Office Etiquette

Do You Work With a Credit Hog?

LinkedIn Influencer, Marshall Goldsmith, published this post originally on LinkedIn.

Do you know someone who withholds recognition of your contribution to the team or organization’s success? Even worse, do you work with or for someone who steals your ideas or takes credit for the performance of your products/projects? If you do, you probably feel unjustly treated and deprived, as this person claims credit they do not deserve. It’s theft!

When someone you work with steals the credit for a success that you created, they’re committing the most rage-inducing interpersonal “crime” in the workplace. (This is the interpersonal flaw that produces more negative emotion than any other in my feedback interviews with the stakeholders of my coaching clients.) And, it creates a bitterness that’s hard to forget. You might be able to forgive someone for not recognizing your stellar performance. But it’s really hard to forgive someone for recognizing it and brazenly claiming it as his or her own!

Let’s turn the tables. Imagine you’re the perpetrator rather than the victim. Have you ever claimed credit that you didn’t deserve? Most of us have to at least a slight degree. When it comes to determining exactly who came up with a winning phrase in a meeting or exactly who on the team was responsible for holding an important client relationship together during a rocky phase, the evidence gets fuzzy. It’s hard to say exactly who deserves the credit.

Related: How's Your Mojo? (LinkedIn)

Given the choice between grasping the credit for ourselves or leaving it for someone else to claim, many of us will claim more credit than we have earned, and slowly begin to believe it! All the while, the victims of our injustice are seething. You know how you feel as a victim, and you should know how people feel about you for doing the same.

There’s no telling what a group can achieve when no one cares who gets the credit. We know this in our bones. We know it because we remember how good we felt about our colleagues when they accorded us the credit we deserved.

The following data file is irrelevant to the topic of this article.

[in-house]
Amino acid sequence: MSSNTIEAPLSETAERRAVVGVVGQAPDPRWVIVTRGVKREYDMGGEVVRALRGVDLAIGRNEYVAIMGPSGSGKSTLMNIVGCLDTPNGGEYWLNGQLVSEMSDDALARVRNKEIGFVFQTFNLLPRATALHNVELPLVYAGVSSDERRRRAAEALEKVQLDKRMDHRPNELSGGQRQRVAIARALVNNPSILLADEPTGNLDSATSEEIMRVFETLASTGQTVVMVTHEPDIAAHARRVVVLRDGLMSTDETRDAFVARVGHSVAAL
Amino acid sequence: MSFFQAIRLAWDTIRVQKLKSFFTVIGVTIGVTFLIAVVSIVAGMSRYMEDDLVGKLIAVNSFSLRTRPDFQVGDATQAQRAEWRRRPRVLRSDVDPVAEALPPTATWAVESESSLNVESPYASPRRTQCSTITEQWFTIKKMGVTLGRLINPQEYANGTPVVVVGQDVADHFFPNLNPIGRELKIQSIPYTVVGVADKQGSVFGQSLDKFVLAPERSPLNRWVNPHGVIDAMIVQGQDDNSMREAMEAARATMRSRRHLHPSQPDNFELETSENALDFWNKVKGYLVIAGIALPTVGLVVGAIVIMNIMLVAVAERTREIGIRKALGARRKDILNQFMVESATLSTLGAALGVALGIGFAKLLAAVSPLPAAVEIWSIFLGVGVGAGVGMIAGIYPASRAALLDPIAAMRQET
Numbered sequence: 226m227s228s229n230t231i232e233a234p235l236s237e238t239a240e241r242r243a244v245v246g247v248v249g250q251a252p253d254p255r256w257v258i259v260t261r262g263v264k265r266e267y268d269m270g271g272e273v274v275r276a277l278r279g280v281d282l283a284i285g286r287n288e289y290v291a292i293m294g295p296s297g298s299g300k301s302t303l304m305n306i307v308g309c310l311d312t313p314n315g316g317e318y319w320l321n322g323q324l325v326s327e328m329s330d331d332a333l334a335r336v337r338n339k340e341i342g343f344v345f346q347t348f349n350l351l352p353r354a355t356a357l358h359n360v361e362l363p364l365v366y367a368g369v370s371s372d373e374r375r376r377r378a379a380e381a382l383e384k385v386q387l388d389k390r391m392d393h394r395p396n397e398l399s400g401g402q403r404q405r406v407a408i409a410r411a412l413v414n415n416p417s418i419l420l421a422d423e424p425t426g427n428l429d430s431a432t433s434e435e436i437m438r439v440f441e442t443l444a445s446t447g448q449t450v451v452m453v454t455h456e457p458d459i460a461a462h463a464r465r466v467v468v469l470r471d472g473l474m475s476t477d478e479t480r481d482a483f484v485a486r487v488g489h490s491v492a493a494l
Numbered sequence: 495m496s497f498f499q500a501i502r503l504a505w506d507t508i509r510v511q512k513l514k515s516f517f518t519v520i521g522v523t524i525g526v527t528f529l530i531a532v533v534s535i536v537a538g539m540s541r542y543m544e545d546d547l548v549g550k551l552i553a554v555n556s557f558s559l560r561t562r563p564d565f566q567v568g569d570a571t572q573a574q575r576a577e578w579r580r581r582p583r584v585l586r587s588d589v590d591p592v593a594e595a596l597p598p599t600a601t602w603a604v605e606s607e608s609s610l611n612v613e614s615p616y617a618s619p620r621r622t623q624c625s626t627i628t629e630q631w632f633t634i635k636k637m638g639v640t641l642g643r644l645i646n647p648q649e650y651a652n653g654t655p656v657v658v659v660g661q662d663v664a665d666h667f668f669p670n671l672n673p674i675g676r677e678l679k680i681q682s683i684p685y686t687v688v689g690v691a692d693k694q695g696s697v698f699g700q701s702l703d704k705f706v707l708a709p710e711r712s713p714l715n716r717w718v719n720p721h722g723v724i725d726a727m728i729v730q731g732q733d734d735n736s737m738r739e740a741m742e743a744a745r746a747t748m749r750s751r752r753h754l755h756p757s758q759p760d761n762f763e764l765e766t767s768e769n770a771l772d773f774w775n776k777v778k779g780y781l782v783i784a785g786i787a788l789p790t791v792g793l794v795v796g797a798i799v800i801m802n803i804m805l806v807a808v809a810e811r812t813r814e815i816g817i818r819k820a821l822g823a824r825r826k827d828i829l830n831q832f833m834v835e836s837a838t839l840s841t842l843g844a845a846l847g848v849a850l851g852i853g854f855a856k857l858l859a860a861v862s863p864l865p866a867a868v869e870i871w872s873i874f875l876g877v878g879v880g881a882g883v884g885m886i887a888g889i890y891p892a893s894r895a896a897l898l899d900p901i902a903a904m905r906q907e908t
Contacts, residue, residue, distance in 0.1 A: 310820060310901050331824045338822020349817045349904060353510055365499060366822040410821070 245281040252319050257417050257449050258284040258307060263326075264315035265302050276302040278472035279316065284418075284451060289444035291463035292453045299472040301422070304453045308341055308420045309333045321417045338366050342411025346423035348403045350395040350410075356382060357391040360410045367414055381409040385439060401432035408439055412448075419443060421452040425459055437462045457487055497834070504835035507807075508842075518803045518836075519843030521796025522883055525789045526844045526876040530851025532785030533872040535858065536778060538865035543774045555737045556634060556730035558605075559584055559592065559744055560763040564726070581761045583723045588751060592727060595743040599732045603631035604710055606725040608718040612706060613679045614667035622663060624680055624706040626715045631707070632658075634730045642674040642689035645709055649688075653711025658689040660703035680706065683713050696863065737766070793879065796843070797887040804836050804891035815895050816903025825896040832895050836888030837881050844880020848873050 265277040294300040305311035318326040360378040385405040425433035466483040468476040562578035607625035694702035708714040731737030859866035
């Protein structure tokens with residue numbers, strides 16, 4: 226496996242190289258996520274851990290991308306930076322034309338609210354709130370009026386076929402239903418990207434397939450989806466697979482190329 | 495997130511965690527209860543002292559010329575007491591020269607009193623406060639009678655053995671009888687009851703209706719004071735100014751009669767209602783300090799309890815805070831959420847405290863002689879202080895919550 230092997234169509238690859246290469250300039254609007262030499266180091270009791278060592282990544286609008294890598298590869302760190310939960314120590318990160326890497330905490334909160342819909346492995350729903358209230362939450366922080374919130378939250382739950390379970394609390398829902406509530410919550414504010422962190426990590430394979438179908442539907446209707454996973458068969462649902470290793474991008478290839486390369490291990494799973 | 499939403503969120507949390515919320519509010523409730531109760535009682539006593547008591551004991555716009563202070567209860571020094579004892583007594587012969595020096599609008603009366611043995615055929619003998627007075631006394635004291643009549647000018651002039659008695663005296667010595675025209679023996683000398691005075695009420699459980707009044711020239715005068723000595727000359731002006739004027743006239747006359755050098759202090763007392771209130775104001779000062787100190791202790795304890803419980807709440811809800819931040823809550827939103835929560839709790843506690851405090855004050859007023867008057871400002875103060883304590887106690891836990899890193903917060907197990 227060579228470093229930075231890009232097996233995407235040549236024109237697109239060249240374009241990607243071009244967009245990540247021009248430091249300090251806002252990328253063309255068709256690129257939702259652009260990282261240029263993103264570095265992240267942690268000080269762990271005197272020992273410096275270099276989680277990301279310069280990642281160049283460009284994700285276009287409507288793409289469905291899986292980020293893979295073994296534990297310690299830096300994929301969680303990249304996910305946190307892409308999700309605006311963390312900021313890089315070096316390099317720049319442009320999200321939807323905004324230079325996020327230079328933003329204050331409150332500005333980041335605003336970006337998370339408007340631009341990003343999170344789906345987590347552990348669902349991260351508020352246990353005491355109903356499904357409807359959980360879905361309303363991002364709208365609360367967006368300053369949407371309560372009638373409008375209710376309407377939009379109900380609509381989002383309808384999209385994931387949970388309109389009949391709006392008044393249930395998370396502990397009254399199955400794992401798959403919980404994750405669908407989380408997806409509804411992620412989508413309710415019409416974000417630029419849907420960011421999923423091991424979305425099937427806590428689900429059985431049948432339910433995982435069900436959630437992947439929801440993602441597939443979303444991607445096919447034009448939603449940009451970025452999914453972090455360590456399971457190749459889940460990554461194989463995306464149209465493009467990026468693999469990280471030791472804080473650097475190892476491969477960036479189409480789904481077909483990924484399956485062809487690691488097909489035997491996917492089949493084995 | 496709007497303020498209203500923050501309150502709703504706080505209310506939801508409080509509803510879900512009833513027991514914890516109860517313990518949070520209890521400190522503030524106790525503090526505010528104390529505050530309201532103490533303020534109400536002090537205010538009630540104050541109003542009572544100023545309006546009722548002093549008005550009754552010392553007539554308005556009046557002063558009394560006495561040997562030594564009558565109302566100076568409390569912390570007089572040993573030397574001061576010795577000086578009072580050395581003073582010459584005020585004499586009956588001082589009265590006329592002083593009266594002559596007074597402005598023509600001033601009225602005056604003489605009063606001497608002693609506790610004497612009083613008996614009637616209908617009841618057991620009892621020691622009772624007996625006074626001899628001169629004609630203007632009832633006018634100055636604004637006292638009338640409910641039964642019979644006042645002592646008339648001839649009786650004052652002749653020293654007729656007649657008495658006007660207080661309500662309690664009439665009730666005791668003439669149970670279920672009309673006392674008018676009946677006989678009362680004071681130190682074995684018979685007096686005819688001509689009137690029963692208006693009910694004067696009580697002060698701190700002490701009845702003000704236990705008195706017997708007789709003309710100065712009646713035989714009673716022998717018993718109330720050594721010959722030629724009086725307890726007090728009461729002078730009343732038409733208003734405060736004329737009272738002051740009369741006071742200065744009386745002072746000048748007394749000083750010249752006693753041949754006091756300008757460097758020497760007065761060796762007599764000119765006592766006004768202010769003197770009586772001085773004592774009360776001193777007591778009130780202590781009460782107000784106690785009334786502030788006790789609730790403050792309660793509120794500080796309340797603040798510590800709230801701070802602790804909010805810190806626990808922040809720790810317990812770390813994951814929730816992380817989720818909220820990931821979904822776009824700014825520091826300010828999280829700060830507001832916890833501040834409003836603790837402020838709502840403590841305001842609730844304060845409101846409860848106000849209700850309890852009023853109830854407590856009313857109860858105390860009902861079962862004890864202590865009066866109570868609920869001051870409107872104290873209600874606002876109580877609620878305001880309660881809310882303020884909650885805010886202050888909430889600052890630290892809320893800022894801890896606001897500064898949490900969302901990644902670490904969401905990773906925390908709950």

So, why don’t some people reciprocate when someone else deserves the credit? I’m not sure. It could be their upbringing, their need to win, their need to be right. It doesn’t really matter. In life, the best thing to do is be the person that you want to be in the world. If you feel the urge to retaliate with hogging the credit, do the opposite. Share the wealth.

Not sure if you have the credit hogging bug? Start with this simple drill. For one day, make a mental note of every time you privately congratulate yourself on an achievement, large or small. Then write it down. If you’re like me, you’ll find that you pat yourself on the back quite a lot! For me, I celebrate for everything from coming up with a big idea for a client to showing up on time for a meeting to dashing off a clever note to a colleague. There’s nothing wrong with these private thoughts. This pleasure in our own performance is what keeps us motivated, especially on long, arduous days.

You’ve made your list. Now, take apart each episode and ask yourself if it’s in any way possible that someone else might deserve the credit for “your” achievement. If you showed up on time for a meeting across town, is it because you are heroically punctual and thoughtful? Or is it because someone or something reminded you about the meeting? If you came up with a good idea in a meeting, did it spring unbidden from your imagination? Or was it inspired by an insightful comment from someone else in the room. And so on…

Related: Who Do You Think You Are? (LinkedIn)

As you go through your list, consider this make-or-break question: If any of the other people involved in your episodes were looking at the situation, would they accord you as much credit as you are claiming for yourself? Or would they hand it out to someone else, perhaps even themselves?

Every one of us has a strong bias to remember events in a light that is most favorable to us. This drill exposes that bias and makes us consider the possibility that someone else’s perspective is closer to the truth.